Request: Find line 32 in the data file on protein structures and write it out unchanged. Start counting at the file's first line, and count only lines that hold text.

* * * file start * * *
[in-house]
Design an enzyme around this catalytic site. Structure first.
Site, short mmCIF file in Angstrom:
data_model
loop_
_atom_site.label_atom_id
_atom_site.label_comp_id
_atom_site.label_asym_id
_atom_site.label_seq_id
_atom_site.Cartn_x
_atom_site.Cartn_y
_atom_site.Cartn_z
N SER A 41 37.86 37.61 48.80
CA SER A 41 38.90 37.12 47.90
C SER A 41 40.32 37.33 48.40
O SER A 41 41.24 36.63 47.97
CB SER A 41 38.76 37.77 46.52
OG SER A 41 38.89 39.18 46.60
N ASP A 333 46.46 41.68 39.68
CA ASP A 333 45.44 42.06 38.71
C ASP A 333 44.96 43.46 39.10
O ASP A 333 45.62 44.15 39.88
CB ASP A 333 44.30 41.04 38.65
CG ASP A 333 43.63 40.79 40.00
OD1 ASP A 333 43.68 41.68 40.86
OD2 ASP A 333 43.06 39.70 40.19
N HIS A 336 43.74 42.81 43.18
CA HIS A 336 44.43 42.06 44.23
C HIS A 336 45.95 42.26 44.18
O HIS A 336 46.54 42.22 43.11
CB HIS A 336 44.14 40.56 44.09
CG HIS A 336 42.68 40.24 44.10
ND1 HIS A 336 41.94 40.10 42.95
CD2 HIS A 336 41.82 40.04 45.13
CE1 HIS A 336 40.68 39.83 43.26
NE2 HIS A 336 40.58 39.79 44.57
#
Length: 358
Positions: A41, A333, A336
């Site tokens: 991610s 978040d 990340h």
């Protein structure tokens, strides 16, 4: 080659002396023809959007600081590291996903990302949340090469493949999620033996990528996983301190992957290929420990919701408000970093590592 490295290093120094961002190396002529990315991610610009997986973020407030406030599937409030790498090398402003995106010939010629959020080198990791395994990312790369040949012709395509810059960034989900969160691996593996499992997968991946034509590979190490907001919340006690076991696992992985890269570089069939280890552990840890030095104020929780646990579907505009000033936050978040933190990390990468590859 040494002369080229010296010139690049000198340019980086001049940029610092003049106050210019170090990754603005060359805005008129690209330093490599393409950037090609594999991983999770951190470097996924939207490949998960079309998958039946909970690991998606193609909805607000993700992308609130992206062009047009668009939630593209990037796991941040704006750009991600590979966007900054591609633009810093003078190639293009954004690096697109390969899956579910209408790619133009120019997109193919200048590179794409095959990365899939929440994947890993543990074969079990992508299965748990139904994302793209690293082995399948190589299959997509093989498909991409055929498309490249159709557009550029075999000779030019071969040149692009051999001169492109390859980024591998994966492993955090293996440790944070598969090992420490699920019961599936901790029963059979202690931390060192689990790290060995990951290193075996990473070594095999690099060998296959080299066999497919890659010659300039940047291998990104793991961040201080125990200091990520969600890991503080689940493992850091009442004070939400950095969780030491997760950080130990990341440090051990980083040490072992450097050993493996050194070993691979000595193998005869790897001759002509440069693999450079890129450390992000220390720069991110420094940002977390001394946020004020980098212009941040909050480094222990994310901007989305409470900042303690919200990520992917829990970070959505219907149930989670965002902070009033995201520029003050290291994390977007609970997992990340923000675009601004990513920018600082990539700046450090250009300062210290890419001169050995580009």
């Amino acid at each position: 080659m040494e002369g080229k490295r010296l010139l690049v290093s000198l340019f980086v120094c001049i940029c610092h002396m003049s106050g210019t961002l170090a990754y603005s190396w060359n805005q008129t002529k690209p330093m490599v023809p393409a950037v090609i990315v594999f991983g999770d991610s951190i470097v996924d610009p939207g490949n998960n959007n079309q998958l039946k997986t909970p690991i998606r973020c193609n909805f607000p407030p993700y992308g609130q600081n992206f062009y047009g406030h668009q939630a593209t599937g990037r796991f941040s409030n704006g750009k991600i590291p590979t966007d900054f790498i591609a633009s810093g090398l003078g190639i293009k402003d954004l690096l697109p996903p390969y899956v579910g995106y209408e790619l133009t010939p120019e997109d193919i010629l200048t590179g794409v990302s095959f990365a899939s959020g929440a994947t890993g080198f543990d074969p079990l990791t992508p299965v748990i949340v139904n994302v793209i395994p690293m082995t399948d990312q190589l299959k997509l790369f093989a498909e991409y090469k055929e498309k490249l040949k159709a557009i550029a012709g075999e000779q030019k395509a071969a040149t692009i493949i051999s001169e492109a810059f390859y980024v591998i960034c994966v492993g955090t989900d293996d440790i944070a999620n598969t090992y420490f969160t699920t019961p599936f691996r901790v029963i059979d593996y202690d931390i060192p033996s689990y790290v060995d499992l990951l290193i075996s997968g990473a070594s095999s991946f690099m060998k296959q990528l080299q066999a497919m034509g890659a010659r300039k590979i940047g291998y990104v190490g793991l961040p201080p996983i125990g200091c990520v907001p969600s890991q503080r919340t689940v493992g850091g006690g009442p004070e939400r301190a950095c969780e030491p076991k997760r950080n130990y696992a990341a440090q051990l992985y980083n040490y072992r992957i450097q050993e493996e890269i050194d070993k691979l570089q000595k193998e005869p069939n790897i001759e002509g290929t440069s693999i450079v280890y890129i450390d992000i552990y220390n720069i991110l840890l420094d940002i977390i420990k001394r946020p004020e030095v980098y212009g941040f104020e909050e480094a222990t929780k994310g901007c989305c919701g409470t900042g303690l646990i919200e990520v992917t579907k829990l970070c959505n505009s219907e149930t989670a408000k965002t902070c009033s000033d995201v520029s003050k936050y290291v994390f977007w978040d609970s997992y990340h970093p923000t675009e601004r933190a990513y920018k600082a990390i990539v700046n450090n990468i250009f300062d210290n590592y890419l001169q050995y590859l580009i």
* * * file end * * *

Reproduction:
CG HIS A 336 42.68 40.24 44.10